Church of Los Santos Martires

Plaza de los Martires

Hours: 8:30 to 13:30 H and 19:00 to 20:00 H., Sundays and holidays: 9:00 to 13:00 H.

The Church of Los Santos Martires was one of the four churches ordered built by the Catholic Kings after the conquest of Malaga from the Moors. The church was named as it is because the Kings wanted to honor the Martyrs San Ciriaco and Santa Paula, two young Christians living in Malaga who became Christian martyrs during the reign of the Emperor Diocletian, and having been canonized in 305 AD. Today these two saints are the patron saints of Malaga, together with Our Lady of Victory. The day they are honored is on June 18.

Don Diego de Deza was the person who built the church in 1505, although work started in 1491. The original church was in the Gothic-Mudejar style, with pointed arches. The architect of the main chapel and sacristy was Juan Rodriguez. The church has three naves and a big cupola on top of the main chapel. In 1545 the baptismal font was installed, and this was the work of Diego de Portilla. Bartolome Perez constructed the tower, but this was destroyed in an earthquake in 1567. It was reconstructed, but was ruined by 1567. The whole church was remodeled in the 18th century and rededicated in 1777. The church suffered damage in 1854, 1884, and during the Civil War in 1936. The church was restored and inaugurated in 1945. The church has a long history of destruction and reconstruction.

Today the church is a mixture of styles, but the main style now in the decoration is rococo. There is a lot of marble and other stones displayed, and many of the chapels have gilded altars. There are about 11 different chapels, many of them maintained by the cofradias (brotherhoods) that have their base in this church during Holy Week celebrations. Many of the processions originate in this church.

The church is very beautiful and has much sculpture and many paintings. The sacristy is especially beautiful with its pastel colors.

One of the side chapels has just been restored and is dedicated to the Virgen de los Remedios, the restoration having been done by one of the cofradias. Every surface has been gilded and the effect is spectacularly beautiful. The statue of the Virgin is also beautifully dressed. There is a small statue of Christ that is polychromed and is on a small table of the altar.

This church is an architectural gem and one of the most beautiful in Andalusia.

History of the Patron Saints of Malaga

Around 300 AD, Malaga had a small Christian community and was part of the Roman Empire. Ciriaco and Paula were two young people who were Christians at that time. The Emperor Diocletian decided to persecute the Christians in 303 AD. At that time the Christians would get together clandestinely at the Monte Coronado, in the north section of Malaga. On June 18, the Roman soldiers learned about this place and captured the Christians there, and among them were Ciriaco and Paula. They were brought before the cruel judge called Silvano and he had them tortured. Ciriaco and Paula refused to renounce Christ and were brought to the edge of the Guadalquivir River and stoned to death.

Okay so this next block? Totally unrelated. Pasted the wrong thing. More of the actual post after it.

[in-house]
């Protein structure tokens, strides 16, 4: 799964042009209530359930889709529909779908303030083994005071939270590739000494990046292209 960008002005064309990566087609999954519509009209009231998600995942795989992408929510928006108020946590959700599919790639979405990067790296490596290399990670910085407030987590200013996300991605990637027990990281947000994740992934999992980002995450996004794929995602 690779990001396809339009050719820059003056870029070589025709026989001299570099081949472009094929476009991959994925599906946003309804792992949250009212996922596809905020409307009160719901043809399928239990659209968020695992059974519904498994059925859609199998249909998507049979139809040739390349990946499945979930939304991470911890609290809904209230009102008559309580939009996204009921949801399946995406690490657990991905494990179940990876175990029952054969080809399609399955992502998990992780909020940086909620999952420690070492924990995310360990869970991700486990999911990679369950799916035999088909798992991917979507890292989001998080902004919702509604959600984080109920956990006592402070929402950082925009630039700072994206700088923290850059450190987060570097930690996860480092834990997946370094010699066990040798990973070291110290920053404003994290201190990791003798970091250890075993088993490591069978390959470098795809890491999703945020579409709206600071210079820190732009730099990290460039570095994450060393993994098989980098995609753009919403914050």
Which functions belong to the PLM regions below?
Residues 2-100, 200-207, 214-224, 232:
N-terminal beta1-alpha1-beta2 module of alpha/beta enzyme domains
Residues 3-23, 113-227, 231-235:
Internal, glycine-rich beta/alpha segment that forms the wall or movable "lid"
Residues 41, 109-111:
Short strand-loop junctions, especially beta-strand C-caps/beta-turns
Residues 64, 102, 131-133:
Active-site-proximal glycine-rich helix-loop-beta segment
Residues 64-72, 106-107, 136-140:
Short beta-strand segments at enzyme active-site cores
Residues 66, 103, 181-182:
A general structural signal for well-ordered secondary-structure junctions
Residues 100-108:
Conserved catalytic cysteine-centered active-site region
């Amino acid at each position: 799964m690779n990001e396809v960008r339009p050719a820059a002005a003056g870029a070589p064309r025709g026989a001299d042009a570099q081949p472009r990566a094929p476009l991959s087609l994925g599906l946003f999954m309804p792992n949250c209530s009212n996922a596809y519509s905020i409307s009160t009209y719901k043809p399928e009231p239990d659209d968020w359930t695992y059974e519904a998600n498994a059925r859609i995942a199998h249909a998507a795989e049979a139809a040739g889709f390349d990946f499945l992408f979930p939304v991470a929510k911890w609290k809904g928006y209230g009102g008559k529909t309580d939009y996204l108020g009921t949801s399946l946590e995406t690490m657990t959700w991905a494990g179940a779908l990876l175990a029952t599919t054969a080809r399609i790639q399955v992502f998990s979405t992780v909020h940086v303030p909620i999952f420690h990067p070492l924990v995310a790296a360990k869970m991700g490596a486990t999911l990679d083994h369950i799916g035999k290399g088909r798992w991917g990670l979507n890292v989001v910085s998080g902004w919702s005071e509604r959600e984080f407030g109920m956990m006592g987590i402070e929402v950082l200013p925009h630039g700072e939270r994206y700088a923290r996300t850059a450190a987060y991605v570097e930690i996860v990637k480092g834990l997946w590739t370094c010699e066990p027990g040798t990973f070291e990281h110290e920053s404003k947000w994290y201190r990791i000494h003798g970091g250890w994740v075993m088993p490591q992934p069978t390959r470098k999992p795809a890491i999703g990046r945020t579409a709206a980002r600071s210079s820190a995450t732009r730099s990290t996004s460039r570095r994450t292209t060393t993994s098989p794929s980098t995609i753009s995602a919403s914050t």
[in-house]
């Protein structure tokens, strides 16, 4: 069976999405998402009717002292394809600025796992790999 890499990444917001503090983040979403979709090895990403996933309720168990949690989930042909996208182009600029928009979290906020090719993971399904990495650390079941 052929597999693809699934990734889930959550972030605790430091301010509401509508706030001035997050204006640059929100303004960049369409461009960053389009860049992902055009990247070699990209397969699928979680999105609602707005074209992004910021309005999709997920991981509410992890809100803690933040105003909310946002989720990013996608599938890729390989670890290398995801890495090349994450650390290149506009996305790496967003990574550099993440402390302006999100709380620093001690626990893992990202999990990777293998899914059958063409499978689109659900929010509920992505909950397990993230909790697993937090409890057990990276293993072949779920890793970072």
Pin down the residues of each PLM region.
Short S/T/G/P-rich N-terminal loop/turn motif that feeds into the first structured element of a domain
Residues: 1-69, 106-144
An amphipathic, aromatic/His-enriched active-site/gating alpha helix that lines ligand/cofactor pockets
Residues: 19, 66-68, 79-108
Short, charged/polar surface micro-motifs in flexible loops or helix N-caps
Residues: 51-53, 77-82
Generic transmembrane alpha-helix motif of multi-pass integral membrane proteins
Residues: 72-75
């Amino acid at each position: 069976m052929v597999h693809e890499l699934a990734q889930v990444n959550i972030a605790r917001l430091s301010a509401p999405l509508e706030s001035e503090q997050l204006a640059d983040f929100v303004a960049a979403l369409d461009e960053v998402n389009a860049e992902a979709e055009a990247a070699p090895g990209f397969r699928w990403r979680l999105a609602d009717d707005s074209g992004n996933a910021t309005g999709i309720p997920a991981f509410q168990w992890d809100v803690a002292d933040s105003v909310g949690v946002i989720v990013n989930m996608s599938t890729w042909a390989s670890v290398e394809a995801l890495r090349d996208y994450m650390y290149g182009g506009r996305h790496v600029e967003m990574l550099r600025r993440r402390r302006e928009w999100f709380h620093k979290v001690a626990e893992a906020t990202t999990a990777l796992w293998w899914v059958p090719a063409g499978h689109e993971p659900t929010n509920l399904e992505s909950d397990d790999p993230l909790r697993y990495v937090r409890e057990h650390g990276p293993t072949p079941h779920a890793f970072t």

The Roman soldiers then built a big bonfire so that the Christians could not venerate their remains. However a torrential rain came and the Roman soldiers retreated. The Christians then took the dead bodies of the two and buried them in some unknown place. However in 1969 the Archaeologist Muñoz Gambero discovered in Martiricos a Roman necropolis. He found bones of a young man and woman who showed they died of violence. But it is not known for certain whose bones these belonged to.

During the Christian Reconquest, Fray Juan de Carmona told the Catholic Kings that he had a premonition. If they would found a church dedicated to Ciriaco and Paula, they would be victorious. The Catholic Kings conquered Malaga in 1487 and sent a letter to Pope Innocent VIII about what happened. The Pope told them to build a church for these two martyrs, which the Catholic Kings did, and the Church of Los Martires is the result. Ciriaco and Paula were named the patron saints of Malaga by the Catholic Kings in 1490. Ever since 1507, there has been a yearly procession honoring these patron saints of Malaga.    


 


 

Virgen del Amor.

 

Virgen de la Paz.

 

Virgen Maria de la O, patron saint of the Gypsies.

 

Cristo de la Columna, patron of the Gypsies.

 

Nuestra Señora del Carmen, patron of the sea.

 

Virgen de Araceli is the patron of Lucena and Andalusian fields.

 

Virgen de los Remedios.

 

Virgen de la Misericordia de los Martires, dressed by Grande de Leon from Seville.

 

Santo Sepulcro y Dolorosa.

 

Virgen de los Dolores.